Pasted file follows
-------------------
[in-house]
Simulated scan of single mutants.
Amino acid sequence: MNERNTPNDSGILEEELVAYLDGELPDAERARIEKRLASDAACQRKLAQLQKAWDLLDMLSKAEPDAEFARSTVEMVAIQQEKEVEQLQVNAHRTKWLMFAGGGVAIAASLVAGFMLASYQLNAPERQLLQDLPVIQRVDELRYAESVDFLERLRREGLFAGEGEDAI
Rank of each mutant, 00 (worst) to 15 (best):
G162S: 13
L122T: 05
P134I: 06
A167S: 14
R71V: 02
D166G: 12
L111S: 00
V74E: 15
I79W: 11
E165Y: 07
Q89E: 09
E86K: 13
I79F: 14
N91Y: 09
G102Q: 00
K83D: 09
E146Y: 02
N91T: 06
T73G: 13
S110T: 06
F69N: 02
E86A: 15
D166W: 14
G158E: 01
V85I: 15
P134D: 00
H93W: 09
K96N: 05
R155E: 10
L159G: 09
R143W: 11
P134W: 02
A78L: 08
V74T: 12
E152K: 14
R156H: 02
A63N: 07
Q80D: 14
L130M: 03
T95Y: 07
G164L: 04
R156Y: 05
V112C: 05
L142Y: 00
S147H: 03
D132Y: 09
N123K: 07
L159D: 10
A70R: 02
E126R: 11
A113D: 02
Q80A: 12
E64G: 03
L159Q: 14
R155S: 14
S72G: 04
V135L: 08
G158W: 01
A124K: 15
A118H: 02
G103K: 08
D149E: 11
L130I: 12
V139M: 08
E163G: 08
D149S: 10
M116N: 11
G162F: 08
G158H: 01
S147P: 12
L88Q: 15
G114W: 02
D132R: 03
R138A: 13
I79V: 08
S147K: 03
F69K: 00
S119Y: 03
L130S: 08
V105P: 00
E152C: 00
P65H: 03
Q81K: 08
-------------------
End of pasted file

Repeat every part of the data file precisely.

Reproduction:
[in-house]
Simulated scan of single mutants.
Amino acid sequence: MNERNTPNDSGILEEELVAYLDGELPDAERARIEKRLASDAACQRKLAQLQKAWDLLDMLSKAEPDAEFARSTVEMVAIQQEKEVEQLQVNAHRTKWLMFAGGGVAIAASLVAGFMLASYQLNAPERQLLQDLPVIQRVDELRYAESVDFLERLRREGLFAGEGEDAI
Rank of each mutant, 00 (worst) to 15 (best):
G162S: 13
L122T: 05
P134I: 06
A167S: 14
R71V: 02
D166G: 12
L111S: 00
V74E: 15
I79W: 11
E165Y: 07
Q89E: 09
E86K: 13
I79F: 14
N91Y: 09
G102Q: 00
K83D: 09
E146Y: 02
N91T: 06
T73G: 13
S110T: 06
F69N: 02
E86A: 15
D166W: 14
G158E: 01
V85I: 15
P134D: 00
H93W: 09
K96N: 05
R155E: 10
L159G: 09
R143W: 11
P134W: 02
A78L: 08
V74T: 12
E152K: 14
R156H: 02
A63N: 07
Q80D: 14
L130M: 03
T95Y: 07
G164L: 04
R156Y: 05
V112C: 05
L142Y: 00
S147H: 03
D132Y: 09
N123K: 07
L159D: 10
A70R: 02
E126R: 11
A113D: 02
Q80A: 12
E64G: 03
L159Q: 14
R155S: 14
S72G: 04
V135L: 08
G158W: 01
A124K: 15
A118H: 02
G103K: 08
D149E: 11
L130I: 12
V139M: 08
E163G: 08
D149S: 10
M116N: 11
G162F: 08
G158H: 01
S147P: 12
L88Q: 15
G114W: 02
D132R: 03
R138A: 13
I79V: 08
S147K: 03
F69K: 00
S119Y: 03
L130S: 08
V105P: 00
E152C: 00
P65H: 03
Q81K: 08